What lies beneath: study examines sediment movement during floods in rivers

Posted by pt91 at Oct 04, 2010 11:35 AM |
Innovative combination of measurements to be used for the first time to assess how the flow of a river affects sediment erosion and deposition, channel stability and the integrity of bridges and other infrastructure. Research impacts hydrologists, engineers, environmentalists and many other groups who live or work on or near rivers
What lies beneath: study examines sediment movement during floods in rivers

An extract of a high resolution survey of a riverbed microtopography derived using laser scanning technology.

Issued by University of Leicester Press Office on 04 October 2010

Image available from pressoffice@le.ac.uk

Flood disasters in many parts of the world have brought into sharp focus new research spearheaded by the University of Leicester on the behaviour of rivers during periods of high flow.

Using an innovative combination of techniques, the researchers aim to examine precisely how the flow of river water affects the movement of sediment along river beds. They will use lasers to measure changes in the bed of an artificial water channel to devise new techniques that will help predict sediment erosion and deposition in rivers - and thereby identify areas where action should be taken to avert damage to infrastructure such as bridges, road and rail links and power and pipe lines.

Led by Dr Mark Powell from the University of Leicester Department of Geography, the research is being supported by a £604,000 grant from the Natural Environment Research Council (NERC).  Partners in the study are Dr Nick Tate, also from the University of Leicester, Dr Stephen Rice and Professor Ian Reid of Loughborough University and Dr Jo Wood of City University, London.  The research aims to enhance scientists’ understanding of how sediment is carried in rivers during a flood. 

Dr Powell said:  “Our research is largely associated with the transport of coarse-grained sediment. 

“In these types of rivers, the gravel and pebbles which make up the bed and banks move by rolling, sliding or bouncing along the stream bed.  Movement of this size of sediment is associated with problems of the stability of the river channel and can have serious environmental and social effects.  In cases where large amounts of sediment are deposited from a stream into a river, this can lead to loss of river channel capacity and increase the probability of flooding to adjacent land and properties.  On the other hand, where excessive amounts of sediment are washed away from river, there is a risk that banks and bridge piers may collapse.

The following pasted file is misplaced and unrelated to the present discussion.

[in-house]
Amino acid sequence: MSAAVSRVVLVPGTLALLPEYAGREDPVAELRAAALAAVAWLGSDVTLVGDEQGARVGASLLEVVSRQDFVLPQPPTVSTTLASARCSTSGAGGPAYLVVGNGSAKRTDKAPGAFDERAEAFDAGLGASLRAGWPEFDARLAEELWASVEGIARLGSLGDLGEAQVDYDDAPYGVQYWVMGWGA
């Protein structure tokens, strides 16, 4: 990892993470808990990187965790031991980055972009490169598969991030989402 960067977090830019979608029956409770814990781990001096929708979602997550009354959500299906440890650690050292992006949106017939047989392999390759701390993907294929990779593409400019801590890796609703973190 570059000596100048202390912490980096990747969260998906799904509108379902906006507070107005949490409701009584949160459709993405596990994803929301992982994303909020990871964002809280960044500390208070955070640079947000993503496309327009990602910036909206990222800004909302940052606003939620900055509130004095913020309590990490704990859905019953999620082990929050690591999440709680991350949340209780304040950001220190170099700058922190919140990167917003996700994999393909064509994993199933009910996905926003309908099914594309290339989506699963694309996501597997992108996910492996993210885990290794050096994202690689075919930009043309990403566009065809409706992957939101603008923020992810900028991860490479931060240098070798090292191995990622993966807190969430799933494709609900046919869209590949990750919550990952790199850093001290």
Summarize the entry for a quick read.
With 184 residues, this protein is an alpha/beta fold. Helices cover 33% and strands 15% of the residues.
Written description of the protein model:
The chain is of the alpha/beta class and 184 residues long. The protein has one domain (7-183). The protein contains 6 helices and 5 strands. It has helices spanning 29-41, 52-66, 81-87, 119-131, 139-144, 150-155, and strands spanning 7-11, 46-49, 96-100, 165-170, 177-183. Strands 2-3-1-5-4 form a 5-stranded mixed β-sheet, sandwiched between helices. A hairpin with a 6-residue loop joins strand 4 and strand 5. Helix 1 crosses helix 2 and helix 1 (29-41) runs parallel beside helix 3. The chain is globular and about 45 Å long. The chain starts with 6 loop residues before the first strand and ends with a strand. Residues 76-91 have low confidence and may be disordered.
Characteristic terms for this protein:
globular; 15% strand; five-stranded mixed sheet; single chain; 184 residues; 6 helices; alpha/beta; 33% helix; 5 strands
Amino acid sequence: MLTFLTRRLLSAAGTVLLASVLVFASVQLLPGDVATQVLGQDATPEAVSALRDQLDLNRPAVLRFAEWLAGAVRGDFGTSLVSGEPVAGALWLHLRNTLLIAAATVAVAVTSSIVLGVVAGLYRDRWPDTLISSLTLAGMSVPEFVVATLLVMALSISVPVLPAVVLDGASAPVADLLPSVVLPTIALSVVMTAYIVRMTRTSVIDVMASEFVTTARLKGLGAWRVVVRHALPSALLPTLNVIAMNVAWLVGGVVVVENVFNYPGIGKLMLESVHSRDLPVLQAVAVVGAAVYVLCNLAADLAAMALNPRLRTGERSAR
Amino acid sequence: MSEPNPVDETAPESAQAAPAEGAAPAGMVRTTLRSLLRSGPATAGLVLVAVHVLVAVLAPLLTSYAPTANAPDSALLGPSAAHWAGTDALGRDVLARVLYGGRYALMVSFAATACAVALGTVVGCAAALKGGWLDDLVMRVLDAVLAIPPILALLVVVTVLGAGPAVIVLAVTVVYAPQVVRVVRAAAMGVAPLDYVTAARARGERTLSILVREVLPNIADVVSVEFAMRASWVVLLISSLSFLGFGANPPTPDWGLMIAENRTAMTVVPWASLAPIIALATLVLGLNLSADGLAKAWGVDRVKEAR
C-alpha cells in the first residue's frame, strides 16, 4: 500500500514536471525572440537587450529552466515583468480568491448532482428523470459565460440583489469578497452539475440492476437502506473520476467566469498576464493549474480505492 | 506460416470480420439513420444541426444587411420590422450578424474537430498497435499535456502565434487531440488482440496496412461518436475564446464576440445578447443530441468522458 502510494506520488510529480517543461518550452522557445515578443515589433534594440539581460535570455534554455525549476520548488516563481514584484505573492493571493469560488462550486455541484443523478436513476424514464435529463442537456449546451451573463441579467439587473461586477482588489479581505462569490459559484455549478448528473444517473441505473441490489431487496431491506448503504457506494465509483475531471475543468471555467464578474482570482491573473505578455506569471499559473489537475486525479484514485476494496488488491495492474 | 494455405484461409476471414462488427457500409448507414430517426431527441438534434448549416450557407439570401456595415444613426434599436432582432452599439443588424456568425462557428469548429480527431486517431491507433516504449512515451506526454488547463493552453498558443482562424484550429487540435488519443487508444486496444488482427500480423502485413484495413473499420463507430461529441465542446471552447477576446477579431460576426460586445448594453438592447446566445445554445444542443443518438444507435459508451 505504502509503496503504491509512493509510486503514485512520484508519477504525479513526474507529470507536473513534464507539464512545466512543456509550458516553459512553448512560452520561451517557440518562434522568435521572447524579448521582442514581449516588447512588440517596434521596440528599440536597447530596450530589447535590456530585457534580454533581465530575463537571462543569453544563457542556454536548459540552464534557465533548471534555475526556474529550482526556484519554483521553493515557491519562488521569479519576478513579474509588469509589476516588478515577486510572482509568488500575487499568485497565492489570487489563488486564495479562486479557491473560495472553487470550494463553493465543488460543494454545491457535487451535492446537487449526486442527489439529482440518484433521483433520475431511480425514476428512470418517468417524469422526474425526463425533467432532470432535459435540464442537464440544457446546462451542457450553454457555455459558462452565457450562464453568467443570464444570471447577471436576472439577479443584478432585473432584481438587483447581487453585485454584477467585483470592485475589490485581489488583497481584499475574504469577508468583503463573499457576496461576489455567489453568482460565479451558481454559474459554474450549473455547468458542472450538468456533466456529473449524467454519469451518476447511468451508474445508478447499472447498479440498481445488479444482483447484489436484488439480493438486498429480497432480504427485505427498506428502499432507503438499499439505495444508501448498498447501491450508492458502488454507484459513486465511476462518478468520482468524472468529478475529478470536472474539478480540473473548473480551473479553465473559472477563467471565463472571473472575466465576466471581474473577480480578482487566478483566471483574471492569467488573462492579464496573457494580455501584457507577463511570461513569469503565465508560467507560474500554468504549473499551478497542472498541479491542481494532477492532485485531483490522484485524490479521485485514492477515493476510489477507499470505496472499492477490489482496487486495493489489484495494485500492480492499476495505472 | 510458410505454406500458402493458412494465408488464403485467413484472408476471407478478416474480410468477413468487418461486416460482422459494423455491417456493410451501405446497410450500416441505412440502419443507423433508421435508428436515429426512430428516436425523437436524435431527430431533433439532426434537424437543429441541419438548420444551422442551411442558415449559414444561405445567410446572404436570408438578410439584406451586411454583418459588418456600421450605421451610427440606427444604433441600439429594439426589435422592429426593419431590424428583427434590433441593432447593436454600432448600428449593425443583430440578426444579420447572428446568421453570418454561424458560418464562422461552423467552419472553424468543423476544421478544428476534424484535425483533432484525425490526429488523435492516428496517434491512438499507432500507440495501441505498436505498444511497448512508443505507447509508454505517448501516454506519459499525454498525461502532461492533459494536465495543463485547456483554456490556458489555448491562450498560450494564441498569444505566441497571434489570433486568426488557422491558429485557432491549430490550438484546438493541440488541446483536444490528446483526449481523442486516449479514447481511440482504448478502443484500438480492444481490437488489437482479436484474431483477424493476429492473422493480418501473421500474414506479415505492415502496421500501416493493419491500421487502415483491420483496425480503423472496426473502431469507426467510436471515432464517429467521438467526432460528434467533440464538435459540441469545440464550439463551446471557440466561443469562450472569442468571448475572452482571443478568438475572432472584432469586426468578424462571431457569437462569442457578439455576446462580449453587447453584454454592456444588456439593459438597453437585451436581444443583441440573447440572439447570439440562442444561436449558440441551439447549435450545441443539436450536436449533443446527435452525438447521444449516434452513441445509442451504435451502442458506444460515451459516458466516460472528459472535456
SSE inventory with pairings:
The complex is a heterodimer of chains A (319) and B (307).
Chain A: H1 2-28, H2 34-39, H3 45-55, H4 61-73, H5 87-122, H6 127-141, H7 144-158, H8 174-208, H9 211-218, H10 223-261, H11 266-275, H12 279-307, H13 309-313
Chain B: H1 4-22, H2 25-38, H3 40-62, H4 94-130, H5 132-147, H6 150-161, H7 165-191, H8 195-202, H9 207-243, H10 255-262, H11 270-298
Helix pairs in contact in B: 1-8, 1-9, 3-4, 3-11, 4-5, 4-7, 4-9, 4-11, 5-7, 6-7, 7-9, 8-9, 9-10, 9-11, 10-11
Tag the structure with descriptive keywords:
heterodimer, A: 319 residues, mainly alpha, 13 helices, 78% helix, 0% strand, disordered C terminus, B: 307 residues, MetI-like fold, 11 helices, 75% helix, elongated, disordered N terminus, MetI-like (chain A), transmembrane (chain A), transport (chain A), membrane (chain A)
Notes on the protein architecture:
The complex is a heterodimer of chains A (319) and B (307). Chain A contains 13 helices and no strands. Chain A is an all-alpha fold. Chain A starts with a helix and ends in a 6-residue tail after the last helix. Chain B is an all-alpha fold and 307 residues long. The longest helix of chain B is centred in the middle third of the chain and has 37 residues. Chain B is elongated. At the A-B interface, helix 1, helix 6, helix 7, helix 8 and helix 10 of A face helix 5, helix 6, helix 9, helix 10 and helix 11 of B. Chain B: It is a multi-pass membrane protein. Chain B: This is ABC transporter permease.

“The laboratory tests will improve our understanding of sediment movement by flood water and will have benefits for hydrologists, engineers, environmentalists and many other people who live or work on or near rivers.”

The researchers say that predicting how sediment is carried in streams and rivers is difficult because a river bed is a complex arrangement of grains.

Says Dr Powell. “River gravel varies widely in size, spacing, packing and the geometrical arrangement of individual particles, and river beds often develop small-scale, temporary structures such as pebble clusters.

“Although these characteristics determine the amount of sediment that can be moved by a river, surprisingly little is known about the structural properties of river bed sediments, how they develop and how they influence the processes of water flow and sediment transport.”

The researchers will use an artificial channel in a laboratory to simulate river flow under controlled conditions. A high precision laser scanner will be used to model the bed of the artificial river, including the size and arrangement of the grains from which it is made. 

The flow over the bed will be measured using fluid visualisation - a technique that uses a laser to track the motion of very small neutrally buoyant particles suspended in the flow.   The technique will allow the scientists to study how the flow of water changes and is changed by the shifting bed sediment. Finally, a device at the downstream end of the flume will trap sedimentary particles being rolled along the ‘river’ bed so that their characteristics can be identified.

“This innovative combination of measurements has not been made before,” says Dr Powell. “The study represents an important opportunity to better understand how bed material character controls sediment movement in rivers.”

  • The  research is announced as the University of Leicester celebrates Big Green Week (October 25-31) which launches the University's commitment to carbon reduction. The primary aim under carbon reduction is to achieve an absolute reduction of 60% of the carbon emissions of the University by 2020.
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Above: Complex structural arrangement of grains on an exposed gravel bar, River Elan, Wales.  Upper inset shows a small-scale bedform known as a pebble cluster (note keys for scale).  Lower inset shows an extract of a high resolution survey of the bed microtopography derived using laser scanning technology

Ends

NOTE to Newsdesk: For more information contact:

Dr Mark Powell, University of Leicester, 0116 252 3850

Email: dmp6@le.ac.uk

ABOUT NERC:

The Natural Environment Research Council (NERC) is the UK's main agency for funding and managing world-class research, training and knowledge exchange in the environmental sciences. It coordinates some of the world's most exciting research projects, tackling major issues such as climate change, environmental influences on human health, the genetic make-up of life on earth, and much more.   NERC receives around £400 million a year from the government's science budget, which it uses to fund independent research and training in universities and its own research centres. www.nerc.ac.uk

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